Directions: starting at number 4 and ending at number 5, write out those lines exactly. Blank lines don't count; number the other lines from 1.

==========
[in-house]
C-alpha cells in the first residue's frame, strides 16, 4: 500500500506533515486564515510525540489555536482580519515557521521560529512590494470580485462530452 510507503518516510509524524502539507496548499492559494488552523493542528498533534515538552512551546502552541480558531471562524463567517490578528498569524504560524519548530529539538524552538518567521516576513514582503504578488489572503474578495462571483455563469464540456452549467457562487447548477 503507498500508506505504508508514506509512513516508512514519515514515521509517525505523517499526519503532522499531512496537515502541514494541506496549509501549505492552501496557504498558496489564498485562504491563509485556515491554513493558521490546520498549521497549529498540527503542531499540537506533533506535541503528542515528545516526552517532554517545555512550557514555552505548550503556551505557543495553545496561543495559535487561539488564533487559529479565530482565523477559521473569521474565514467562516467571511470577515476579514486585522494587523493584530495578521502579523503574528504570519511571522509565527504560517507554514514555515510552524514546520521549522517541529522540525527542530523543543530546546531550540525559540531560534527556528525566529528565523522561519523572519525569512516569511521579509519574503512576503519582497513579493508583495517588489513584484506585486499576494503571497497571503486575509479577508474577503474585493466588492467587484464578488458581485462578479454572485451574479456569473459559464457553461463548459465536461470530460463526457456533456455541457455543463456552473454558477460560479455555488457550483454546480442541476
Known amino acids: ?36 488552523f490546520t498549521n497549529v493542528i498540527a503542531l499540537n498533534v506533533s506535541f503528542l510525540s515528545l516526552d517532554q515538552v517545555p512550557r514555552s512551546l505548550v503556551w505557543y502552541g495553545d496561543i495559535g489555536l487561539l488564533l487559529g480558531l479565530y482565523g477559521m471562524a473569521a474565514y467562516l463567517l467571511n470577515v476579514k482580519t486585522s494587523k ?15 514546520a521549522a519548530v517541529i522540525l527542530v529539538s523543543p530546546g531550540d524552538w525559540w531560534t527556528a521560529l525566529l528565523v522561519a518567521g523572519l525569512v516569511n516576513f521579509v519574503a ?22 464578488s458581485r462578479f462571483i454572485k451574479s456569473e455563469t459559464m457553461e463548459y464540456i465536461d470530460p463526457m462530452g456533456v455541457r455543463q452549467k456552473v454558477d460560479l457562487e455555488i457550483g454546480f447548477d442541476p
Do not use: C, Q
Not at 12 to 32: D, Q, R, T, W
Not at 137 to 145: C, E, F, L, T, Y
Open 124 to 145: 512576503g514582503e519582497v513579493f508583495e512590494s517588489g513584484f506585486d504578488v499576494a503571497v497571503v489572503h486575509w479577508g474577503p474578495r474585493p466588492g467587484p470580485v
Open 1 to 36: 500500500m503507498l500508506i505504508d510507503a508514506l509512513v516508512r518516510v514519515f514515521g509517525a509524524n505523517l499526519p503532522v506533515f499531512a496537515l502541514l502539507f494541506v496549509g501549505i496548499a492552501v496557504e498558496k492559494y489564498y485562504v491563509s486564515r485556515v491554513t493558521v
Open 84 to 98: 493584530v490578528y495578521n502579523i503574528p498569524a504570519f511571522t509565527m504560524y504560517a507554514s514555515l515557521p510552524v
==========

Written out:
Do not use: C, Q
Not at 12 to 32: D, Q, R, T, W